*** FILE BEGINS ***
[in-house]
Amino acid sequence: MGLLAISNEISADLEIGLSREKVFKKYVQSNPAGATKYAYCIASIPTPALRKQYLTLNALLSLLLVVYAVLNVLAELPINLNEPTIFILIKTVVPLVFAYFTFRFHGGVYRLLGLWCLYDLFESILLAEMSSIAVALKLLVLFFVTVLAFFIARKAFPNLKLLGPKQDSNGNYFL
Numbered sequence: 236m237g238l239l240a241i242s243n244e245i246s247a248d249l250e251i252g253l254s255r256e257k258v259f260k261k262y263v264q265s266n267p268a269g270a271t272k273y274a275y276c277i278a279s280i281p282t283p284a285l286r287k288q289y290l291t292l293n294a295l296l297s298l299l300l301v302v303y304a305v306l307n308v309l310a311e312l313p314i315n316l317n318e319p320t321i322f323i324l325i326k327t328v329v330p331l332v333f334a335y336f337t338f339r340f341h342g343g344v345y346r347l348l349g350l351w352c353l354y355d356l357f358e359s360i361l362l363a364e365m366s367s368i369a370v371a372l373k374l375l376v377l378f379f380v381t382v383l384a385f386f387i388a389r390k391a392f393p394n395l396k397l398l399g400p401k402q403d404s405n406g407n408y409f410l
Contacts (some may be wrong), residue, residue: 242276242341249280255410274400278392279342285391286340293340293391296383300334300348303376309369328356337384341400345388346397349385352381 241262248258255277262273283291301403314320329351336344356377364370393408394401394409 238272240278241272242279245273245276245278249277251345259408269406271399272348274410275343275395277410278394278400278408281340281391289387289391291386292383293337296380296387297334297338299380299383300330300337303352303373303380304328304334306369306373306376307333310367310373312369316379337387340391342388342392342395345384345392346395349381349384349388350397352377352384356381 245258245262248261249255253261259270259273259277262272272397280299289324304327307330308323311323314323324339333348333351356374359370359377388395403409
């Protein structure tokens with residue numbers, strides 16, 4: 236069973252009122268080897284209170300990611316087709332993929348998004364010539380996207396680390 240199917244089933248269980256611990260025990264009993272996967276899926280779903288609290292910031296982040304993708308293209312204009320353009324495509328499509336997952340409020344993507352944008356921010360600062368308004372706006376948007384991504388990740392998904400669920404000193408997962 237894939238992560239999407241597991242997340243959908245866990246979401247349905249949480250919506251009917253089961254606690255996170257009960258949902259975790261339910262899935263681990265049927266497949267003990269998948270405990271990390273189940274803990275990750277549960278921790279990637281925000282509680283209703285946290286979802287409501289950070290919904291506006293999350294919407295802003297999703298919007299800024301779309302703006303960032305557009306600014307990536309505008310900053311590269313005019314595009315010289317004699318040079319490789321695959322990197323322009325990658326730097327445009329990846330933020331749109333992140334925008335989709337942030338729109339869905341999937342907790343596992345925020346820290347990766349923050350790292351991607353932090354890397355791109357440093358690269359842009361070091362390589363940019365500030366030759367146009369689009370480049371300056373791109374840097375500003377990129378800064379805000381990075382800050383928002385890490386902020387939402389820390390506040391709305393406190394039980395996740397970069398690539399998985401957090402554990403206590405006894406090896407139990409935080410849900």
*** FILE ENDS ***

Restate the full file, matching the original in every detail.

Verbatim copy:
[in-house]
Amino acid sequence: MGLLAISNEISADLEIGLSREKVFKKYVQSNPAGATKYAYCIASIPTPALRKQYLTLNALLSLLLVVYAVLNVLAELPINLNEPTIFILIKTVVPLVFAYFTFRFHGGVYRLLGLWCLYDLFESILLAEMSSIAVALKLLVLFFVTVLAFFIARKAFPNLKLLGPKQDSNGNYFL
Numbered sequence: 236m237g238l239l240a241i242s243n244e245i246s247a248d249l250e251i252g253l254s255r256e257k258v259f260k261k262y263v264q265s266n267p268a269g270a271t272k273y274a275y276c277i278a279s280i281p282t283p284a285l286r287k288q289y290l291t292l293n294a295l296l297s298l299l300l301v302v303y304a305v306l307n308v309l310a311e312l313p314i315n316l317n318e319p320t321i322f323i324l325i326k327t328v329v330p331l332v333f334a335y336f337t338f339r340f341h342g343g344v345y346r347l348l349g350l351w352c353l354y355d356l357f358e359s360i361l362l363a364e365m366s367s368i369a370v371a372l373k374l375l376v377l378f379f380v381t382v383l384a385f386f387i388a389r390k391a392f393p394n395l396k397l398l399g400p401k402q403d404s405n406g407n408y409f410l
Contacts (some may be wrong), residue, residue: 242276242341249280255410274400278392279342285391286340293340293391296383300334300348303376309369328356337384341400345388346397349385352381 241262248258255277262273283291301403314320329351336344356377364370393408394401394409 238272240278241272242279245273245276245278249277251345259408269406271399272348274410275343275395277410278394278400278408281340281391289387289391291386292383293337296380296387297334297338299380299383300330300337303352303373303380304328304334306369306373306376307333310367310373312369316379337387340391342388342392342395345384345392346395349381349384349388350397352377352384356381 245258245262248261249255253261259270259273259277262272272397280299289324304327307330308323311323314323324339333348333351356374359370359377388395403409
């Protein structure tokens with residue numbers, strides 16, 4: 236069973252009122268080897284209170300990611316087709332993929348998004364010539380996207396680390 240199917244089933248269980256611990260025990264009993272996967276899926280779903288609290292910031296982040304993708308293209312204009320353009324495509328499509336997952340409020344993507352944008356921010360600062368308004372706006376948007384991504388990740392998904400669920404000193408997962 237894939238992560239999407241597991242997340243959908245866990246979401247349905249949480250919506251009917253089961254606690255996170257009960258949902259975790261339910262899935263681990265049927266497949267003990269998948270405990271990390273189940274803990275990750277549960278921790279990637281925000282509680283209703285946290286979802287409501289950070290919904291506006293999350294919407295802003297999703298919007299800024301779309302703006303960032305557009306600014307990536309505008310900053311590269313005019314595009315010289317004699318040079319490789321695959322990197323322009325990658326730097327445009329990846330933020331749109333992140334925008335989709337942030338729109339869905341999937342907790343596992345925020346820290347990766349923050350790292351991607353932090354890397355791109357440093358690269359842009361070091362390589363940019365500030366030759367146009369689009370480049371300056373791109374840097375500003377990129378800064379805000381990075382800050383928002385890490386902020387939402389820390390506040391709305393406190394039980395996740397970069398690539399998985401957090402554990403206590405006894406090896407139990409935080410849900």